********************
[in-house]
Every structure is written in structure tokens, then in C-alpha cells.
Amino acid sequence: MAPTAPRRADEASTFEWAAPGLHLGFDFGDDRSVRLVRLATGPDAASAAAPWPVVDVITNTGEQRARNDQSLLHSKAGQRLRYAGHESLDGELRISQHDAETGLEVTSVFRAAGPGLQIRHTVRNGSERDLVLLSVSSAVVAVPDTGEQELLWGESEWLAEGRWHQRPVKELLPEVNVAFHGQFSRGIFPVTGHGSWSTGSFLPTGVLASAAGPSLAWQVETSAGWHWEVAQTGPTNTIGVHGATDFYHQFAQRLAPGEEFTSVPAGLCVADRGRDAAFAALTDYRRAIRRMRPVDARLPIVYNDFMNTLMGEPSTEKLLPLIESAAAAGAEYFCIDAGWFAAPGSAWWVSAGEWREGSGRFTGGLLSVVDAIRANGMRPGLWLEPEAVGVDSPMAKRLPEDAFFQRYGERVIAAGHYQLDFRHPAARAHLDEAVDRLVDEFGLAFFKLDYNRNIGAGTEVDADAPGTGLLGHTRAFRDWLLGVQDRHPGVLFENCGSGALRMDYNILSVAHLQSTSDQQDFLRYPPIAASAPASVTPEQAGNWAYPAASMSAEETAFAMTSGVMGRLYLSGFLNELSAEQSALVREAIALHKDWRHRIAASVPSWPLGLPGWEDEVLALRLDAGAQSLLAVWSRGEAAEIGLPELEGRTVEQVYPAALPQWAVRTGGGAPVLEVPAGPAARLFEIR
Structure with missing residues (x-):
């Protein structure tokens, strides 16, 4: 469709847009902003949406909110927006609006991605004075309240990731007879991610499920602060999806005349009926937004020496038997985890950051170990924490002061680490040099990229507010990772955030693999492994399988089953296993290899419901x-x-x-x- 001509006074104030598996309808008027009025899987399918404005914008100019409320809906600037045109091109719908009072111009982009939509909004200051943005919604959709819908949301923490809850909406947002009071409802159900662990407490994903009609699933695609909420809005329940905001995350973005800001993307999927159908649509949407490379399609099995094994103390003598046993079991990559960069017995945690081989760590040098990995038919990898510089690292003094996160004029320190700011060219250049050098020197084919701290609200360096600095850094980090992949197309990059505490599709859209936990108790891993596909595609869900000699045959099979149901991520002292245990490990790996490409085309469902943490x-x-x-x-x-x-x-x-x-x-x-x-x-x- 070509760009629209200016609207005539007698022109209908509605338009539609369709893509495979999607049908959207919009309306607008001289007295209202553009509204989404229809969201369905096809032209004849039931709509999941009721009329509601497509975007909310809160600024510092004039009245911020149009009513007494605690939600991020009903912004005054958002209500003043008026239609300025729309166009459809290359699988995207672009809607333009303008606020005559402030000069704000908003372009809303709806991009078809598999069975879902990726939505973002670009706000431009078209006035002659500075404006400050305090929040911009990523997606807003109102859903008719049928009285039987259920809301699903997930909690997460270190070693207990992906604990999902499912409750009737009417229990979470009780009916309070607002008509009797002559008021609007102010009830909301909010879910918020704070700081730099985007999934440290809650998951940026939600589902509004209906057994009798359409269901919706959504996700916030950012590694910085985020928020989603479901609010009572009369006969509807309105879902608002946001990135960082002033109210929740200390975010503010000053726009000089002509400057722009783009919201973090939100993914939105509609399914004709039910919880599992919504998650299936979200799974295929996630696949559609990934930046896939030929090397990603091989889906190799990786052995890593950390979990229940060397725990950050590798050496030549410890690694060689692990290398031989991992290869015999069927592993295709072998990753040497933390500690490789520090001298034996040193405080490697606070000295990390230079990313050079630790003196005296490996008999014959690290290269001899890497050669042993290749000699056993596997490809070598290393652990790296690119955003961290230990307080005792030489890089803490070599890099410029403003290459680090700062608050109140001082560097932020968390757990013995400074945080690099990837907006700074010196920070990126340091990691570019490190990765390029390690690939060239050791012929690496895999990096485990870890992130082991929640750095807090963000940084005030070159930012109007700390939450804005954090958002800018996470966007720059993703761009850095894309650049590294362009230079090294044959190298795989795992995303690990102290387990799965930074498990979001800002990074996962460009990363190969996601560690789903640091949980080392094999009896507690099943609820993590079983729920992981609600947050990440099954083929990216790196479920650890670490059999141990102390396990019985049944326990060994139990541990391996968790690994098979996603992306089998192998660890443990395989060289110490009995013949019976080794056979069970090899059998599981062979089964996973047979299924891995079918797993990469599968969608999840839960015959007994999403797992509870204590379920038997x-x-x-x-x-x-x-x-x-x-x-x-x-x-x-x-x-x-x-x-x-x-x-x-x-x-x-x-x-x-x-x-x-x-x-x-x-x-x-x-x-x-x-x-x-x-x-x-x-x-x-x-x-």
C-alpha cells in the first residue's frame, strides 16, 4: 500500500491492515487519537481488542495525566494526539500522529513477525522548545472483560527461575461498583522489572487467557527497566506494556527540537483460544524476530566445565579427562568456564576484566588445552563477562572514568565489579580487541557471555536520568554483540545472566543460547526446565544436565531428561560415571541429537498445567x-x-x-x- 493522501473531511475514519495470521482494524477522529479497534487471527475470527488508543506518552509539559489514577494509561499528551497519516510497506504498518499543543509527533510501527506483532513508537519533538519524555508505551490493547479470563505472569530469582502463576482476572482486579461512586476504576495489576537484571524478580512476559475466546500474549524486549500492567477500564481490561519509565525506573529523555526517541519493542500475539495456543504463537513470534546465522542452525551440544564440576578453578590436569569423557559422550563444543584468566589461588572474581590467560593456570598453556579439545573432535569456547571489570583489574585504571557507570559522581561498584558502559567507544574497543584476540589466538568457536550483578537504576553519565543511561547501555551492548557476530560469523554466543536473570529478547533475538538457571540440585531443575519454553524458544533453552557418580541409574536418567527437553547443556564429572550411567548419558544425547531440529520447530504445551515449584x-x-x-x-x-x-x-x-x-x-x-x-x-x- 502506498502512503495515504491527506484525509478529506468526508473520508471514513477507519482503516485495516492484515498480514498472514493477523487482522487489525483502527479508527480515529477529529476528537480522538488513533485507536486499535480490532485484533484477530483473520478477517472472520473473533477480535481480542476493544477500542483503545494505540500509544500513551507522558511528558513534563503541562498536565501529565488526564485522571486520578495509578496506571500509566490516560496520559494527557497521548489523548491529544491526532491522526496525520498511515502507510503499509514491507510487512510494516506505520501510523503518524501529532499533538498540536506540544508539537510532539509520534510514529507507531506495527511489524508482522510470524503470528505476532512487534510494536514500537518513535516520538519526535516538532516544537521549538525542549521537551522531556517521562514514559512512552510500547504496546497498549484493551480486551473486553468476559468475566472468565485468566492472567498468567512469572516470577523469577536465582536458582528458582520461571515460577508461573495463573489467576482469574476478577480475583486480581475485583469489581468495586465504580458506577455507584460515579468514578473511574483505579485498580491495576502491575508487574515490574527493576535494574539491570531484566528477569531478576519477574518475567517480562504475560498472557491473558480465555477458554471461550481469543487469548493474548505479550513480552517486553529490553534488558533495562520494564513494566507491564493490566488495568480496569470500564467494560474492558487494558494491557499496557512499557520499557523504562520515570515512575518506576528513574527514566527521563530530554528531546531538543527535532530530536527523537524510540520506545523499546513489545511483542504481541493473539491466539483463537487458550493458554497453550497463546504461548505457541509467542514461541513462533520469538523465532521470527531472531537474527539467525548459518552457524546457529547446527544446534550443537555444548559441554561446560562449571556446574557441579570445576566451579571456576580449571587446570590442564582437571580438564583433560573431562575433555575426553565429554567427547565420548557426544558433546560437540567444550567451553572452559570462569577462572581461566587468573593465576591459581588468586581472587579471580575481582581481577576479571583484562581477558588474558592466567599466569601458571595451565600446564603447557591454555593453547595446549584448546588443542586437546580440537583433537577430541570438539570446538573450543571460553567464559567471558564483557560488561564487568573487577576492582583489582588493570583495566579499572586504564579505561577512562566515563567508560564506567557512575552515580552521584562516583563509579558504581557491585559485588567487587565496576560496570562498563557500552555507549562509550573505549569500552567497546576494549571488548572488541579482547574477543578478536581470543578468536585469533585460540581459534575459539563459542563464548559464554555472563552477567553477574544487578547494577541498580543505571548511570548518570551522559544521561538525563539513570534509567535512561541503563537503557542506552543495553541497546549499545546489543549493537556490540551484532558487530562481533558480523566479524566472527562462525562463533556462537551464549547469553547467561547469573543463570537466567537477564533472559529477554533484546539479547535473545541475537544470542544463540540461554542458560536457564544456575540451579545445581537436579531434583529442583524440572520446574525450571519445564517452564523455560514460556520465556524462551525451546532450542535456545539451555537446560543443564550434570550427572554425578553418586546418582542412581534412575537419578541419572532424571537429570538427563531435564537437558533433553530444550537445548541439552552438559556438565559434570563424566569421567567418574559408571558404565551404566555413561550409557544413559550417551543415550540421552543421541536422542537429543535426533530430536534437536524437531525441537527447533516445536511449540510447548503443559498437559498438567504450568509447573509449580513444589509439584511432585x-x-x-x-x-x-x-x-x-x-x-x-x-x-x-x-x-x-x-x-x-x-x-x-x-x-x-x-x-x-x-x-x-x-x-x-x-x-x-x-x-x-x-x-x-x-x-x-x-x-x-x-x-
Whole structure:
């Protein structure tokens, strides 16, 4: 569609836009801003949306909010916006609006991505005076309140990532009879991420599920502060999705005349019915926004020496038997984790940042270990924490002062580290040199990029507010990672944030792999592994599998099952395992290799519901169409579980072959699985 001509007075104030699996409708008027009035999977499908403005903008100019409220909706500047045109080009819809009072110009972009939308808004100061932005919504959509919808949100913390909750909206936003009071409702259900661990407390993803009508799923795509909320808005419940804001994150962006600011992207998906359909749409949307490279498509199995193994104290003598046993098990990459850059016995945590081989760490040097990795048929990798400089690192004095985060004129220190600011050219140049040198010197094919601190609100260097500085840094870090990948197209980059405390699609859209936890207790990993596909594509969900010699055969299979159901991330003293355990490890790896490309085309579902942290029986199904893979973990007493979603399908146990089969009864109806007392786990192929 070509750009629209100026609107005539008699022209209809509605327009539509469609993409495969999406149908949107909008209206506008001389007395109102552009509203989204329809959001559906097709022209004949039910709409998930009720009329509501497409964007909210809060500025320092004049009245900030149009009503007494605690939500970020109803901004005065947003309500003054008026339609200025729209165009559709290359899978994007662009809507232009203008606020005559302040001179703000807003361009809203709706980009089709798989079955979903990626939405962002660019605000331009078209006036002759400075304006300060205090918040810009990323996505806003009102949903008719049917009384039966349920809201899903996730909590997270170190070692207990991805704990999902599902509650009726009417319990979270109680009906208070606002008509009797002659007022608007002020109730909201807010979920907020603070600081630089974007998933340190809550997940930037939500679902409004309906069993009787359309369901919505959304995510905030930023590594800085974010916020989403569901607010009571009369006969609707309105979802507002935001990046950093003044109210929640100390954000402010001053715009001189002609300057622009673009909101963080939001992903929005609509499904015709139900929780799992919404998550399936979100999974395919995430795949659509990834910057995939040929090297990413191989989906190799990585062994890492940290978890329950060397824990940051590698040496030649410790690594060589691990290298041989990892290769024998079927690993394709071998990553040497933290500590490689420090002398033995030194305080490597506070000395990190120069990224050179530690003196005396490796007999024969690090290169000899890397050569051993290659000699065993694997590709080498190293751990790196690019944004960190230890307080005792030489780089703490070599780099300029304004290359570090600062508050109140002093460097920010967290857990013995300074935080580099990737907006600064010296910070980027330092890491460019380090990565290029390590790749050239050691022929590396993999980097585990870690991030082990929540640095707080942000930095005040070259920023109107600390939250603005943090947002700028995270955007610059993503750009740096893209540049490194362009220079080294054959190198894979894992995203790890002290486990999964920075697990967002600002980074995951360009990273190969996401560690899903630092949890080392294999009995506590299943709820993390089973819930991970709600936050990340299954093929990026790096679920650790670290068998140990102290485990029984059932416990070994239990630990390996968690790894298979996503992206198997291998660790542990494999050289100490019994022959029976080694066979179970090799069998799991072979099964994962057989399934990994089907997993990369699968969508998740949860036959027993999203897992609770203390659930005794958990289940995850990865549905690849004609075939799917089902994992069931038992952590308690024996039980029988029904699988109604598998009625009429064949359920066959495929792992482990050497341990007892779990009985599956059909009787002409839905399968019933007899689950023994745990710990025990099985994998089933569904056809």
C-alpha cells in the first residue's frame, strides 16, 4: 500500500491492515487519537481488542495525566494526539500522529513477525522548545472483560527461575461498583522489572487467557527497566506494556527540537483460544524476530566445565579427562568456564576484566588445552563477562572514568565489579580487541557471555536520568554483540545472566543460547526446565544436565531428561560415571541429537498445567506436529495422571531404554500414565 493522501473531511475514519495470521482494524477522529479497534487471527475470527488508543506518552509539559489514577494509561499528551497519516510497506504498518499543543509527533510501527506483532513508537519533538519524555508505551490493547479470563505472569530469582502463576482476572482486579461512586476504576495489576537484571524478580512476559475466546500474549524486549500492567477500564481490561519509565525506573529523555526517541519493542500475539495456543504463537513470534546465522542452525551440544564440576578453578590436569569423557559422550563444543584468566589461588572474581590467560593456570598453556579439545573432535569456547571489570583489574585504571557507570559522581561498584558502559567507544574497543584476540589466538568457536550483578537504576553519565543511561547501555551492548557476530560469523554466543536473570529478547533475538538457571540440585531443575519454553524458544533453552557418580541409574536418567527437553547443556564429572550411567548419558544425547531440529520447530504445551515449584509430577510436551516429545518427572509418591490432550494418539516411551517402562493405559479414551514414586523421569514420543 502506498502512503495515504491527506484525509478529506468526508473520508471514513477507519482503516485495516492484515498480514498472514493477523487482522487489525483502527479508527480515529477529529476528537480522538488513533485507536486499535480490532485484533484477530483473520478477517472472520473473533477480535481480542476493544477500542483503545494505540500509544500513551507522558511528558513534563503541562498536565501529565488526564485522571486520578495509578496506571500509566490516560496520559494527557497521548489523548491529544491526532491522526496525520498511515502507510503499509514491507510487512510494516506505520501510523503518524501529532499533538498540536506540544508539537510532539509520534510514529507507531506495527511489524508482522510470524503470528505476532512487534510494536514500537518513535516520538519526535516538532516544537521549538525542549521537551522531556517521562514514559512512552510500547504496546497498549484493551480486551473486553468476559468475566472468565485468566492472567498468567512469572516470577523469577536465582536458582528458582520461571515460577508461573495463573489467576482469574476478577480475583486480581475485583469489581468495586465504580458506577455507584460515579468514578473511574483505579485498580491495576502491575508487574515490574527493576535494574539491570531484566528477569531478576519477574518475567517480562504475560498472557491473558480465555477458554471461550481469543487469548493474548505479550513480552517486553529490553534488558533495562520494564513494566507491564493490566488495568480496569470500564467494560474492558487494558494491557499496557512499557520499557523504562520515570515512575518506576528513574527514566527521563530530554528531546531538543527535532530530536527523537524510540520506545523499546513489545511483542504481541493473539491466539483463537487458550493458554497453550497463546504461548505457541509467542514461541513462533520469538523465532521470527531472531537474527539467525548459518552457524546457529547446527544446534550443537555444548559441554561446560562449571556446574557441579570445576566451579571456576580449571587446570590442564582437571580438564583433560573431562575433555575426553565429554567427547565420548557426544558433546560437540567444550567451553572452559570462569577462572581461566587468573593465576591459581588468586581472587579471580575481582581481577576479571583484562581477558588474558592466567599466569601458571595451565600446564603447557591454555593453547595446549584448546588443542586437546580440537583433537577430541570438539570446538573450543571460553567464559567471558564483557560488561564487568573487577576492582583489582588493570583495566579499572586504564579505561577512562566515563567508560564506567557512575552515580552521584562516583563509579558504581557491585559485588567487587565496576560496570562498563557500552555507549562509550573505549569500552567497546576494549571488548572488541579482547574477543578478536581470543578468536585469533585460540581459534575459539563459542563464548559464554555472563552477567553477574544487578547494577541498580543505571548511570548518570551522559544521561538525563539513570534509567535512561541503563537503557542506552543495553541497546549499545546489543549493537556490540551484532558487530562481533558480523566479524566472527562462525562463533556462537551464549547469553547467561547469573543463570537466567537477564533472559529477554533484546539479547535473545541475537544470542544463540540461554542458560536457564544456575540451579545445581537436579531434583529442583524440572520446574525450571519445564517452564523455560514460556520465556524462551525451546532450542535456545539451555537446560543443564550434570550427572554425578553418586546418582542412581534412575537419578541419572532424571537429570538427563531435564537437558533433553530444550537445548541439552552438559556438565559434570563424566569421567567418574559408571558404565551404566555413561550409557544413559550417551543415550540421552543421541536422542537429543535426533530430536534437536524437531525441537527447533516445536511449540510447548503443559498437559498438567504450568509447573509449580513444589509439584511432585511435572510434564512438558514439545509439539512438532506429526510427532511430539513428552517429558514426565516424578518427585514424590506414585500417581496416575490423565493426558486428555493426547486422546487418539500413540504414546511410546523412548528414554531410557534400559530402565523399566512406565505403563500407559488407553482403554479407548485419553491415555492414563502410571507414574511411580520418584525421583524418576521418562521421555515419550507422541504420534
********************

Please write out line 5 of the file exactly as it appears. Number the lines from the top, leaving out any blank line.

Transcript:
């Protein structure tokens, strides 16, 4: 469709847009902003949406909110927006609006991605004075309240990731007879991610499920602060999806005349009926937004020496038997985890950051170990924490002061680490040099990229507010990772955030693999492994399988089953296993290899419901x-x-x-x- 001509006074104030598996309808008027009025899987399918404005914008100019409320809906600037045109091109719908009072111009982009939509909004200051943005919604959709819908949301923490809850909406947002009071409802159900662990407490994903009609699933695609909420809005329940905001995350973005800001993307999927159908649509949407490379399609099995094994103390003598046993079991990559960069017995945690081989760590040098990995038919990898510089690292003094996160004029320190700011060219250049050098020197084919701290609200360096600095850094980090992949197309990059505490599709859209936990108790891993596909595609869900000699045959099979149901991520002292245990490990790996490409085309469902943490x-x-x-x-x-x-x-x-x-x-x-x-x-x- 070509760009629209200016609207005539007698022109209908509605338009539609369709893509495979999607049908959207919009309306607008001289007295209202553009509204989404229809969201369905096809032209004849039931709509999941009721009329509601497509975007909310809160600024510092004039009245911020149009009513007494605690939600991020009903912004005054958002209500003043008026239609300025729309166009459809290359699988995207672009809607333009303008606020005559402030000069704000908003372009809303709806991009078809598999069975879902990726939505973002670009706000431009078209006035002659500075404006400050305090929040911009990523997606807003109102859903008719049928009285039987259920809301699903997930909690997460270190070693207990992906604990999902499912409750009737009417229990979470009780009916309070607002008509009797002559008021609007102010009830909301909010879910918020704070700081730099985007999934440290809650998951940026939600589902509004209906057994009798359409269901919706959504996700916030950012590694910085985020928020989603479901609010009572009369006969509807309105879902608002946001990135960082002033109210929740200390975010503010000053726009000089002509400057722009783009919201973090939100993914939105509609399914004709039910919880599992919504998650299936979200799974295929996630696949559609990934930046896939030929090397990603091989889906190799990786052995890593950390979990229940060397725990950050590798050496030549410890690694060689692990290398031989991992290869015999069927592993295709072998990753040497933390500690490789520090001298034996040193405080490697606070000295990390230079990313050079630790003196005296490996008999014959690290290269001899890497050669042993290749000699056993596997490809070598290393652990790296690119955003961290230990307080005792030489890089803490070599890099410029403003290459680090700062608050109140001082560097932020968390757990013995400074945080690099990837907006700074010196920070990126340091990691570019490190990765390029390690690939060239050791012929690496895999990096485990870890992130082991929640750095807090963000940084005030070159930012109007700390939450804005954090958002800018996470966007720059993703761009850095894309650049590294362009230079090294044959190298795989795992995303690990102290387990799965930074498990979001800002990074996962460009990363190969996601560690789903640091949980080392094999009896507690099943609820993590079983729920992981609600947050990440099954083929990216790196479920650890670490059999141990102390396990019985049944326990060994139990541990391996968790690994098979996603992306089998192998660890443990395989060289110490009995013949019976080794056979069970090899059998599981062979089964996973047979299924891995079918797993990469599968969608999840839960015959007994999403797992509870204590379920038997x-x-x-x-x-x-x-x-x-x-x-x-x-x-x-x-x-x-x-x-x-x-x-x-x-x-x-x-x-x-x-x-x-x-x-x-x-x-x-x-x-x-x-x-x-x-x-x-x-x-x-x-x-």